Obituary of Charles Randall Mack
CHARLES R. MACK, UNIVESITY OF SOUTH CAROLINA, ART HISTORY PROFESSOR
Dr. Charles Randall Mack, (78) of Columbia SC passed away October 31, 2018. Born in Baltimore, Maryland, he was the son of Mary Dirnberger Mack Sundbeck. He attended schools in Alexandria, Virginia, and Rome, Italy and received his bachelor’s degree in history from the University of North Carolina-Chapel Hill in 1962 and his Ph.D. in Art History from the same institution in 1973. From 1962 to 1965, he served in the US Army Intelligence Corps and was stationed in Berlin, Germany, where he met and married Ilona Schulze in 1965.
Mack joined the Department of Art at the University of South Carolina in 1970 as a specialist in Italian Renaissance and Ancient Art and Architecture and was promoted to Professor in 1985. His teaching and research interests were broad, extending to the history of drawing and printmaking, the history of American and German ceramics, and the travel accounts of 19th century Americans in Europe.
Mack was appointed the first William Joseph Todd Endowed Chair Professor of the Italian Renaissance in 1992 and received an additional appointment as Louise Fry Scudder Professor of Liberal Arts in 1995. An enthusiastic teacher, he received the Golden Key Honor Society’s Award for Integration of Research and Undergraduate Teaching 1992 and twice was honored for his teaching by the USC Chapter of Mortar Board. At his retirement in 2005, the USC Department of Art established the Charles R. Mack Undergraduate Art History Scholarship Fund in his honor and also awards an annual book prize in his name to an undergraduate art history major.
Before his retirement in 2005, Mack played an active role on the USC Faculty Senate on which he served for four terms. He also chaired or served on a wide variety of university committees, including the University Bicentennial Commission. He was a member of the committee that created the University’s McKissick Museum in 1976 and served as the first chair of its Advisory Council. He also was active at the Columbia Museum of Art, serving as its publications advisor and as a member of its Collections Committee.
Mack was the author or co-author of several books and catalogues dealing with the Italian Renaissance, ancient art, the traditional folk potters of the American South, and nineteenth-century art and culture, as well as numerous chapters, essays and articles appearing in regional, national, and international publications, including several, co-authored with his wife, on German folk pottery and decorated European enamelwares. His published research received several professional awards. The Southeastern College Art Conference presented him with its Annual Award for Outstanding Exhibition and Catalogue of Historical Materials in 1993 and its Annual Award for Scholarly Research and Publication in 1998. He also received the 2002 Outstanding Article Award from the Southeast Chapter of the Society of Architectural Historians. In 2004, he was the recipient of the USC Educational Foundation’s Award for Research in the Humanities and Social Sciences.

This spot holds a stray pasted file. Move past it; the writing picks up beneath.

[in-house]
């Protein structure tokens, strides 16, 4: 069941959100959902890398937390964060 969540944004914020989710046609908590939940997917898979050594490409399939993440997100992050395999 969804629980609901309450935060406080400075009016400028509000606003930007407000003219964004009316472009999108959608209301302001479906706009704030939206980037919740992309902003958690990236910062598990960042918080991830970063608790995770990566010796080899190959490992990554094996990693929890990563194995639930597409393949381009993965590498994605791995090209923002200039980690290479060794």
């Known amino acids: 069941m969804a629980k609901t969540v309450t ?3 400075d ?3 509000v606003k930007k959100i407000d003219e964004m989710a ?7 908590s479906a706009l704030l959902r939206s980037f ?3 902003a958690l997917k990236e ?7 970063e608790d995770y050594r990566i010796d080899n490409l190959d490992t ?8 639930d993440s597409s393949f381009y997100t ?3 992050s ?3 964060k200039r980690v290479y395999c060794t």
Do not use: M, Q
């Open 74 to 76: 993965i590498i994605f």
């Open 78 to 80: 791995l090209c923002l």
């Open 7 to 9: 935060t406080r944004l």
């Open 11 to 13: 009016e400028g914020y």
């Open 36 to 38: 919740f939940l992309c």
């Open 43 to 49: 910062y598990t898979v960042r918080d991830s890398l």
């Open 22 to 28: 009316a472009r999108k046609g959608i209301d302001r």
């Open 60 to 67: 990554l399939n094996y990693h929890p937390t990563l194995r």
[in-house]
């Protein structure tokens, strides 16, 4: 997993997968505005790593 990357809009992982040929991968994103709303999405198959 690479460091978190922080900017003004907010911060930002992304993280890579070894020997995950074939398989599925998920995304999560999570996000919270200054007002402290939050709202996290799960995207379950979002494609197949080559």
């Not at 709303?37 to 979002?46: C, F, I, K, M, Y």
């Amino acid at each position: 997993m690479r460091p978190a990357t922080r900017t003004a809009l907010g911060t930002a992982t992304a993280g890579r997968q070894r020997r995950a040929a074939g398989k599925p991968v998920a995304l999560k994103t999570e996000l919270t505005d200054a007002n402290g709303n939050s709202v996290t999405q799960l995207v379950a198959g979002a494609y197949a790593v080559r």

Mack was active in organizing art historical exhibitions for the McKissick Museum, the Columbia Museum of Art, and the Georgia Museum of Art, several of which traveled nationally and regionally. The extensive collection of southeastern folk pottery which he and his wife assembled became part of the McKissick Museum in 1992 and other donations of a variety of the art works were made to the National Gallery of Art in Washington, the Ackland Art Center of the University of North Carolina, the Georgia Museum of Art, and the Columbia Museum of Art, which, in 2004, received much of the Mack’s collection of ceramics from the Bunzlau region of eastern Germany.
A frequent presenter at professional conferences, Mack was a member of the board and served terms as president of both the Southeastern College Art Conference and the Southeast Chapter of the Society of Architectural Historians. He was a member of the National Executive Committee of the Folger Institute in Washington and served terms on the South Carolina Board of Review for the National Register of Historic Places.
In addition to his scholarly and professional activities, Mack took a keen interest in horseback riding and frequently assisted at Columbia area equestrian events. He also was an avid fan of the USC Soccer Team.
Surviving are his wife Ilona Schulze Mack, their daughter, Katrina Mack Daniels, son-in-law, Russell H. Daniels, and grandchild Gabriele Nicole Daniels, all of Columbia.
A Memorial service will be held at Rutledge Chapel of the University of South Carolina at a later date. Donations in his memory may be made to the Charles R. Mack Undergraduate Art History Scholarship Fund at the USC Department of ART or to the National Parkinson Disease Foundation.